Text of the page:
Nov. 18, 2008

By Nate Crossman
Special to NCAA.com

With one weekend remaining in the regular season, only four of the eight automatic bids to the 16-team FCS Championship are secured, meaning they’ll be plenty of teeth gnashing right up until the selection show Sunday.

By far the biggest calculator destroyer comes in the Southland Conference, where the true champion might not be eligible for the postseason, leaving three teams to sort it out with a myriad of confusing formulas. Earlier this month, the Southland decided that Central Arkansas, which is in its transitional phase to the FCS, would not be eligible for the conference championship, since it’s not eligible for the postseason. That was good news for McNeese State and Texas State, who are tied for second, and Northwestern State, which is in third.

Now comes the confusing part. Since Texas State beat McNeese, if all three teams win (Texas State plays Sam Houston, McNeese plays Central Arkansas and Northwestern plays Stephen F. Austin) than Texas State earns a tie for the championship and the automatic bid. If all three lose, the same scenario applies. But if Texas State and McNeese State lose and Northwestern wins, they have to go to the third tie breaker. The only way Northwestern earns the automatic bid is if last-place Nicholls State beats Southeastern Louisiana.

The remaining three conferences are more straight-forward.

In the Ohio Valley Conference, Tennessee-Martin hosts Eastern Kentucky for the conference championship and automatic bid. That’s OK by Tennessee-Martin coach Jason Simpson.

“I’m happy to have it a one-game season,” Simpson said. “Because that’s what it is; and you got it at home.”

The OVC showdown truly is a one-game season, since both Tennessee-Martin and Eastern Kentucky will be on the bubble in terms of at-large bids, because of losses to Tennessee State.

The same goes for the Patriot League, where Colgate will host Holy Cross for the championship. The Crusaders lost to UMass, Harvard and Yale, while the Raiders fell to Stony Brook and Furman.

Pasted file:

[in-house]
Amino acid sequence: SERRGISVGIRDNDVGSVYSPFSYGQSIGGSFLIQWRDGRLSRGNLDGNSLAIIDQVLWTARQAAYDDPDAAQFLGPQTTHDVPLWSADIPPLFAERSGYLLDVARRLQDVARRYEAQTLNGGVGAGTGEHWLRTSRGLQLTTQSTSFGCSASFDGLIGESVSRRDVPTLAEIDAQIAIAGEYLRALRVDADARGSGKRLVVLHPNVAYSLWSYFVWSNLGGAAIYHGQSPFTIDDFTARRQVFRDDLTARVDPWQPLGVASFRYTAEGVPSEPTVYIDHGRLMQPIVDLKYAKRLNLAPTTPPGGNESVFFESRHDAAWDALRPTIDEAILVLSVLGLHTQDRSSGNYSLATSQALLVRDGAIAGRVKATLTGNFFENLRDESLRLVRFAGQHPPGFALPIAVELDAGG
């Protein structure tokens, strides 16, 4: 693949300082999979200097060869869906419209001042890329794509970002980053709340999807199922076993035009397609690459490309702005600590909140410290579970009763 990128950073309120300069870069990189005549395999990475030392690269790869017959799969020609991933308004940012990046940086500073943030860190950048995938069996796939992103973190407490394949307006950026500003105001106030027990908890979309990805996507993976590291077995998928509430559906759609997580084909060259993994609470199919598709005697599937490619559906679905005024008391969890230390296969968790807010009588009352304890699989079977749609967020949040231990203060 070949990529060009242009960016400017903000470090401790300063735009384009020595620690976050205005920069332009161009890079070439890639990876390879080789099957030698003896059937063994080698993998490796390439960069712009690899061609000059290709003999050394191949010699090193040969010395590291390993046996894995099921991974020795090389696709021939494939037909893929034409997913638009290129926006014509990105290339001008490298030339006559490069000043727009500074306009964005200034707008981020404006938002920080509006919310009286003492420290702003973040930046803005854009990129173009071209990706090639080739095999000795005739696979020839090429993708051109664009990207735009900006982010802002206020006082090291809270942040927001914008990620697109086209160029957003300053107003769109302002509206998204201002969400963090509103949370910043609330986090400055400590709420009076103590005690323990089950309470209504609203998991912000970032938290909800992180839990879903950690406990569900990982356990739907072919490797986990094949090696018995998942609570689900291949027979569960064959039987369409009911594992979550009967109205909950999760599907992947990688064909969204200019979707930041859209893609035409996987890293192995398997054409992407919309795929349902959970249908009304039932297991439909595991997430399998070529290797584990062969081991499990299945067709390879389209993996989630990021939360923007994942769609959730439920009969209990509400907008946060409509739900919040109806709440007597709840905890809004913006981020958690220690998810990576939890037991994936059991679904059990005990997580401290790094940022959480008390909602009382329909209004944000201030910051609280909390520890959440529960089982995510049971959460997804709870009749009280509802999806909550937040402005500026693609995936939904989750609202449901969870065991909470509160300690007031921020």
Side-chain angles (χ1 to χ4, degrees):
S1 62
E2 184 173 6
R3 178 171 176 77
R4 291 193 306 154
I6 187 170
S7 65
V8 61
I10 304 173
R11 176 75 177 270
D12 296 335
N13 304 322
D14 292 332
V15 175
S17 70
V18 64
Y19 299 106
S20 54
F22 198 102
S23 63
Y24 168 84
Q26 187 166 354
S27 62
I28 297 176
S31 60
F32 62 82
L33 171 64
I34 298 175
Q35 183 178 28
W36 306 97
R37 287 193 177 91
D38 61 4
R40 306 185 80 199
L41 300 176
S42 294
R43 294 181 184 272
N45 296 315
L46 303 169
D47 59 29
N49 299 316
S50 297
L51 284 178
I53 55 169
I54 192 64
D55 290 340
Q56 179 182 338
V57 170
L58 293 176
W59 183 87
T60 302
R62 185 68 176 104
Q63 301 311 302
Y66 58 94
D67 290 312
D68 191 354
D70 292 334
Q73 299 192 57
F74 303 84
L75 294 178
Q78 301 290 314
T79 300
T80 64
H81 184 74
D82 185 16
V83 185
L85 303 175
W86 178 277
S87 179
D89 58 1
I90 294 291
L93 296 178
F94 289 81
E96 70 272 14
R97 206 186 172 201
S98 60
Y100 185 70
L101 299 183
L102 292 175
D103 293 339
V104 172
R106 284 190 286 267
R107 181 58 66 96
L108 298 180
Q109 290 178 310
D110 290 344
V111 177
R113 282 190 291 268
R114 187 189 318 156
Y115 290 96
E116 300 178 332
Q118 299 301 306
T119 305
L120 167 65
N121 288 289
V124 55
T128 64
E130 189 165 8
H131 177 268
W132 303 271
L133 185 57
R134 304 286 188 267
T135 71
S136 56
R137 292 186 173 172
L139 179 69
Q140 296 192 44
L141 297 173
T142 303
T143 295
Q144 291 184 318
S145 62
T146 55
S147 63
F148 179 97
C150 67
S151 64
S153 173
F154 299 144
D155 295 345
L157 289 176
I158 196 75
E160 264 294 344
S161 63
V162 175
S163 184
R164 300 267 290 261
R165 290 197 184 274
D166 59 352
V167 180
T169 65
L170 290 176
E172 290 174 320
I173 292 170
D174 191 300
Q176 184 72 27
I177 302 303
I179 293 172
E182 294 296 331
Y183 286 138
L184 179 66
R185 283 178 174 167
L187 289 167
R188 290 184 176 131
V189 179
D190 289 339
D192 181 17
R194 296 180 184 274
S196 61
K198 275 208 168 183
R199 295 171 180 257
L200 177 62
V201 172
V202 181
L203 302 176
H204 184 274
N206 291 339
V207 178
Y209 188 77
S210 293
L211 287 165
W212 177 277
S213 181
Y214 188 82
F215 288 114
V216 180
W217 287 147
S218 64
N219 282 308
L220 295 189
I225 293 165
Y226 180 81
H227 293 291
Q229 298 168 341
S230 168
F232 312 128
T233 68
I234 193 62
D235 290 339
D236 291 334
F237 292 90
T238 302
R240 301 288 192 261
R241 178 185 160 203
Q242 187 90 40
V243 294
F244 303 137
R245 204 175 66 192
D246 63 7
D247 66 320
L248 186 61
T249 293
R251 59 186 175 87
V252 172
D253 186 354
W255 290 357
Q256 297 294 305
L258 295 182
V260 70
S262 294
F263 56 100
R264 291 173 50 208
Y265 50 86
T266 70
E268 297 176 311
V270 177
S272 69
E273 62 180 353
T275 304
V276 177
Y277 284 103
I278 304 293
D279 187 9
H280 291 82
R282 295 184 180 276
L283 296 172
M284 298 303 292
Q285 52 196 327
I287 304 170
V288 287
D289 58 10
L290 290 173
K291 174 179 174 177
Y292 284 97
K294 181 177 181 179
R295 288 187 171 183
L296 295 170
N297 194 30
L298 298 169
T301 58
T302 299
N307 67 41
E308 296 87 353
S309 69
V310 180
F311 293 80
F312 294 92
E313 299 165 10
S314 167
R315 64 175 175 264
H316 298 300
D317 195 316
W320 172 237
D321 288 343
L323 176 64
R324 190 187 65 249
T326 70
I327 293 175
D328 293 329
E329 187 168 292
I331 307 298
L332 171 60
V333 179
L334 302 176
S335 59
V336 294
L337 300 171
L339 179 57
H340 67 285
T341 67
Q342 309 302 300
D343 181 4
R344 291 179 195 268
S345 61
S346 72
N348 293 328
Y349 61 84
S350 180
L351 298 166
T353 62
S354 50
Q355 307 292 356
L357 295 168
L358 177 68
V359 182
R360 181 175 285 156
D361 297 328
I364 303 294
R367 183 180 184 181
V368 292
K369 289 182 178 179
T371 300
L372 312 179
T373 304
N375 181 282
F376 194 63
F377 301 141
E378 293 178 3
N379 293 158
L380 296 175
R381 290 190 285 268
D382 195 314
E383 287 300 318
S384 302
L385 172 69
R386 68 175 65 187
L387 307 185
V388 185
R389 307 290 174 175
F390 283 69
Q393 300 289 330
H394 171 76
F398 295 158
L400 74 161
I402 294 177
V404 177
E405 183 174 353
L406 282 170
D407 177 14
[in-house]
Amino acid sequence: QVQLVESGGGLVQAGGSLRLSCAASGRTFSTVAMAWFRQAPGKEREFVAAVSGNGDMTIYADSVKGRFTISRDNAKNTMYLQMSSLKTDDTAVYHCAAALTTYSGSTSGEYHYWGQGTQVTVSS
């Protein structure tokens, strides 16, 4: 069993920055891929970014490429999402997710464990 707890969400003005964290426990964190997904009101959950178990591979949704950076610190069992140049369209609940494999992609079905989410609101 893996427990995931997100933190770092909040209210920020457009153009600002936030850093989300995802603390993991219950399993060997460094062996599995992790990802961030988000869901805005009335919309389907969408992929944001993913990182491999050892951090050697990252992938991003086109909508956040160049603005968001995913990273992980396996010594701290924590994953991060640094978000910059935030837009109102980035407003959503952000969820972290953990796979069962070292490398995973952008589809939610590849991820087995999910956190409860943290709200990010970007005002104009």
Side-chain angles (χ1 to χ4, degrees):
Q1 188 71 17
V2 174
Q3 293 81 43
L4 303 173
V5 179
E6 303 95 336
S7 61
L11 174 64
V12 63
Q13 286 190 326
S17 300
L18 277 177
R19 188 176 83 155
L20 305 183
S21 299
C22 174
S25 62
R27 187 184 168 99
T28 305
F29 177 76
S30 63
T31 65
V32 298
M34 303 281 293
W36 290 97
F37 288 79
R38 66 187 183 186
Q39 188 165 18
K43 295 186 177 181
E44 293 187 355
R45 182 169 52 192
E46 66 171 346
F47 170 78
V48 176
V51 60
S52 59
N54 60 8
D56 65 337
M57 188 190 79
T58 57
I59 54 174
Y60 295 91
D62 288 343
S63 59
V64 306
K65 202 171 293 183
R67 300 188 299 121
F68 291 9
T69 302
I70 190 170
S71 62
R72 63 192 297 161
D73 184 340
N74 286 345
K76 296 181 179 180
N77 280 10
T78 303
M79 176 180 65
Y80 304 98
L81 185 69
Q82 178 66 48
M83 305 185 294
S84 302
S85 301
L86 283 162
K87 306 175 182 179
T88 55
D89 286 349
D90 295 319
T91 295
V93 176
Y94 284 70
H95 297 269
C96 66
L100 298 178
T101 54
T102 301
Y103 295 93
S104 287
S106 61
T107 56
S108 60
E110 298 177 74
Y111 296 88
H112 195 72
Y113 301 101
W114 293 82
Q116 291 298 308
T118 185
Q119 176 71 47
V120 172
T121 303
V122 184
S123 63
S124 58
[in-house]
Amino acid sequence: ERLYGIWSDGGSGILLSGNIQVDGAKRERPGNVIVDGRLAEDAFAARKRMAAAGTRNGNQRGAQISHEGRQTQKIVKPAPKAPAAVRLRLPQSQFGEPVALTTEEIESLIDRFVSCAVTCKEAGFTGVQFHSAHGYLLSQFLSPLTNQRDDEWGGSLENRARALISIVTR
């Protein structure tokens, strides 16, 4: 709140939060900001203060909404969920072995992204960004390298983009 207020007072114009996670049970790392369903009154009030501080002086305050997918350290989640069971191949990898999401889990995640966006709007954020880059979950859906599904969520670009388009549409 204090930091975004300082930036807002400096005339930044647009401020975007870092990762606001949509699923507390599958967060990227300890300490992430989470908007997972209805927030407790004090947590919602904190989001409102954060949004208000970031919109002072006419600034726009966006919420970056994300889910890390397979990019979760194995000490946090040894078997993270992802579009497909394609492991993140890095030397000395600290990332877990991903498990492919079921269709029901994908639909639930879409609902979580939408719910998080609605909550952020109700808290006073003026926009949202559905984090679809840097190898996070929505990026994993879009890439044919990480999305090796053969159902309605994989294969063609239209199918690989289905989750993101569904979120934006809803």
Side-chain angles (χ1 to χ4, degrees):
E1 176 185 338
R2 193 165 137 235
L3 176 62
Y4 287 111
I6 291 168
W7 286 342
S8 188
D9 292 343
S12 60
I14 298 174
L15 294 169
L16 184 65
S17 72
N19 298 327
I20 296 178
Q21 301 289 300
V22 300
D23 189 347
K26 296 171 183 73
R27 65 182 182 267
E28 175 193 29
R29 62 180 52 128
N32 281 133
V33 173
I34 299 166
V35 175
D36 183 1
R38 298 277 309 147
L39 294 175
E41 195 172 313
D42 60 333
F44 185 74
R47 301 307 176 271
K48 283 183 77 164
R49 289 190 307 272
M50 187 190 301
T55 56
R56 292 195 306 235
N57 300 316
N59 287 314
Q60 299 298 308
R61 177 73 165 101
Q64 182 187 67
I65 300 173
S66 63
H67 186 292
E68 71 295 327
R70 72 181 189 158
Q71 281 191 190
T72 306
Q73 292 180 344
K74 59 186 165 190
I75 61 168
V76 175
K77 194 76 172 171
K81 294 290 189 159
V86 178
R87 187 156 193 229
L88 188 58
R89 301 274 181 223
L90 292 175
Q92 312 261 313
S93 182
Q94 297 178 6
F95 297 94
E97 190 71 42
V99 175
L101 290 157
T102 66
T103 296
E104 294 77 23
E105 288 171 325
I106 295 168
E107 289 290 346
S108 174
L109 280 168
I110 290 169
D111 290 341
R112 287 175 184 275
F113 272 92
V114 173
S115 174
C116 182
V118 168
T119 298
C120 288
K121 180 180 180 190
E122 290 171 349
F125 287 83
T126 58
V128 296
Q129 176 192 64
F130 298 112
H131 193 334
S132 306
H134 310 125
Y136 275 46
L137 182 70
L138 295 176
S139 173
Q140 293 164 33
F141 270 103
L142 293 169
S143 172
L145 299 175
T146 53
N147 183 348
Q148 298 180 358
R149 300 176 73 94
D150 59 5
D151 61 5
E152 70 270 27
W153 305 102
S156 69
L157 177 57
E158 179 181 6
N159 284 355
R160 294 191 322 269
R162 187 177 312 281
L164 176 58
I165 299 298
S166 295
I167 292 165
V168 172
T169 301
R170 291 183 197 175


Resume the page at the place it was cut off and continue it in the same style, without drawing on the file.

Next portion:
All Southern Illinois has to do is beat Illinois State to win the Missouri Valley Football Conference and the automatic bid, since it beat Northern Iowa during the regular season. But Northern Iowa, which closes out its season against non-conference Southern Utah, looks good for an at-large bid.

Although it’s not for a playoff bid, the Ivy League is set for an exciting finish. Harvard and Brown are tied atop the standings and any combination of a Crimson or Bears win or loss will crown a solo champion. But if both of them lose and Penn and Yale win, then there will be a four-way tie for the first time in Ivy League history.

So You’re Saying There’s A Chance

While a few of the at-large bids are spoken for by teams in automatic-bid conferences, there are still a few up for grabs, which could make for some interesting scoreboard watching.

New Hampshire and Maine will play for the CAA Northern Division title, with the loser potentially out of the playoff picture. The Wildcats have fared well without quarterback Ricky Santos, but still have losses to Villanova and William & Mary on their resume. The Black Bears are winners of six in a row, but lost back-to-back games to James Madison and Richmond.

The other matchup that carries implications for both teams is Elon’s game at Liberty. The Flames appeared to have squandered their opportunity to earn an at-large bid after losses to Lafayette and Presbyterian. But they bounced back with convincing wins over VMI and Gardner-Webb, and could give the selection committee something to ponder if they upset the Phoenix. Despite its losses to Richmond, Wofford and Appalachian State, Elon could solidify their at-large bid credentials with a win over Liberty.